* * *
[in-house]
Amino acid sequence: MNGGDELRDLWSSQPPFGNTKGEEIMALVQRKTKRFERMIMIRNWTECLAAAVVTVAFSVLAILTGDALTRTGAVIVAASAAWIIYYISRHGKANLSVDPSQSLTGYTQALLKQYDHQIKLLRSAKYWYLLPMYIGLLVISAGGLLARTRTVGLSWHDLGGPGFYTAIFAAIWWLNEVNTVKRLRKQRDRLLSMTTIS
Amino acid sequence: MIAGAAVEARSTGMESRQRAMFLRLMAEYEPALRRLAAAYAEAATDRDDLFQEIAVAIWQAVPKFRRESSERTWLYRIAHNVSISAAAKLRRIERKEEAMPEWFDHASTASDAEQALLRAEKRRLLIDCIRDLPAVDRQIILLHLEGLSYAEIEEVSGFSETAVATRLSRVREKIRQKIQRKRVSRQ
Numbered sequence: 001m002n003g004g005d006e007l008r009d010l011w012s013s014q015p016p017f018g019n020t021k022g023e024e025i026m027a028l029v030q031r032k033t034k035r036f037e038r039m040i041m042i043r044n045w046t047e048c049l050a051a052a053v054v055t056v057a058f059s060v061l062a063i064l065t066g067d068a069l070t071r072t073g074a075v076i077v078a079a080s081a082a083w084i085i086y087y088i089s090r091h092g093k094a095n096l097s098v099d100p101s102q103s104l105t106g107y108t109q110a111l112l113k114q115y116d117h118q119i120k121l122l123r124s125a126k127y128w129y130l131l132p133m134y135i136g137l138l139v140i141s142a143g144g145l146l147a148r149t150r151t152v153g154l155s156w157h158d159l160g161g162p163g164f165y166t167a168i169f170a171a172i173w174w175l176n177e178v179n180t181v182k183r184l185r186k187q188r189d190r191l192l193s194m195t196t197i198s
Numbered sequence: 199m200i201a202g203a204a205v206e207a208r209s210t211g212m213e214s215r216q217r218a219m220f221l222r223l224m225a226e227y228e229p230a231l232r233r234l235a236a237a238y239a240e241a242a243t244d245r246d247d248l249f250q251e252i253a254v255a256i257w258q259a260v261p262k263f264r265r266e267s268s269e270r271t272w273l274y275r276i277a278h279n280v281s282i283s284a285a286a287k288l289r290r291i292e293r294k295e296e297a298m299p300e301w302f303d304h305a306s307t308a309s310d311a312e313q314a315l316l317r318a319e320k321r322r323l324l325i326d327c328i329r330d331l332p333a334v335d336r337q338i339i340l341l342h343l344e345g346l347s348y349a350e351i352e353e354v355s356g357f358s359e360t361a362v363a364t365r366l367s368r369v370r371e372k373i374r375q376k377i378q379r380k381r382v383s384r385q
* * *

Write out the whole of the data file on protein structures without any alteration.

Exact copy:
[in-house]
Amino acid sequence: MNGGDELRDLWSSQPPFGNTKGEEIMALVQRKTKRFERMIMIRNWTECLAAAVVTVAFSVLAILTGDALTRTGAVIVAASAAWIIYYISRHGKANLSVDPSQSLTGYTQALLKQYDHQIKLLRSAKYWYLLPMYIGLLVISAGGLLARTRTVGLSWHDLGGPGFYTAIFAAIWWLNEVNTVKRLRKQRDRLLSMTTIS
Amino acid sequence: MIAGAAVEARSTGMESRQRAMFLRLMAEYEPALRRLAAAYAEAATDRDDLFQEIAVAIWQAVPKFRRESSERTWLYRIAHNVSISAAAKLRRIERKEEAMPEWFDHASTASDAEQALLRAEKRRLLIDCIRDLPAVDRQIILLHLEGLSYAEIEEVSGFSETAVATRLSRVREKIRQKIQRKRVSRQ
Numbered sequence: 001m002n003g004g005d006e007l008r009d010l011w012s013s014q015p016p017f018g019n020t021k022g023e024e025i026m027a028l029v030q031r032k033t034k035r036f037e038r039m040i041m042i043r044n045w046t047e048c049l050a051a052a053v054v055t056v057a058f059s060v061l062a063i064l065t066g067d068a069l070t071r072t073g074a075v076i077v078a079a080s081a082a083w084i085i086y087y088i089s090r091h092g093k094a095n096l097s098v099d100p101s102q103s104l105t106g107y108t109q110a111l112l113k114q115y116d117h118q119i120k121l122l123r124s125a126k127y128w129y130l131l132p133m134y135i136g137l138l139v140i141s142a143g144g145l146l147a148r149t150r151t152v153g154l155s156w157h158d159l160g161g162p163g164f165y166t167a168i169f170a171a172i173w174w175l176n177e178v179n180t181v182k183r184l185r186k187q188r189d190r191l192l193s194m195t196t197i198s
Numbered sequence: 199m200i201a202g203a204a205v206e207a208r209s210t211g212m213e214s215r216q217r218a219m220f221l222r223l224m225a226e227y228e229p230a231l232r233r234l235a236a237a238y239a240e241a242a243t244d245r246d247d248l249f250q251e252i253a254v255a256i257w258q259a260v261p262k263f264r265r266e267s268s269e270r271t272w273l274y275r276i277a278h279n280v281s282i283s284a285a286a287k288l289r290r291i292e293r294k295e296e297a298m299p300e301w302f303d304h305a306s307t308a309s310d311a312e313q314a315l316l317r318a319e320k321r322r323l324l325i326d327c328i329r330d331l332p333a334v335d336r337q338i339i340l341l342h343l344e345g346l347s348y349a350e351i352e353e354v355s356g357f358s359e360t361a362v363a364t365r366l367s368r369v370r371e372k373i374r375q376k377i378q379r380k381r382v383s384r385q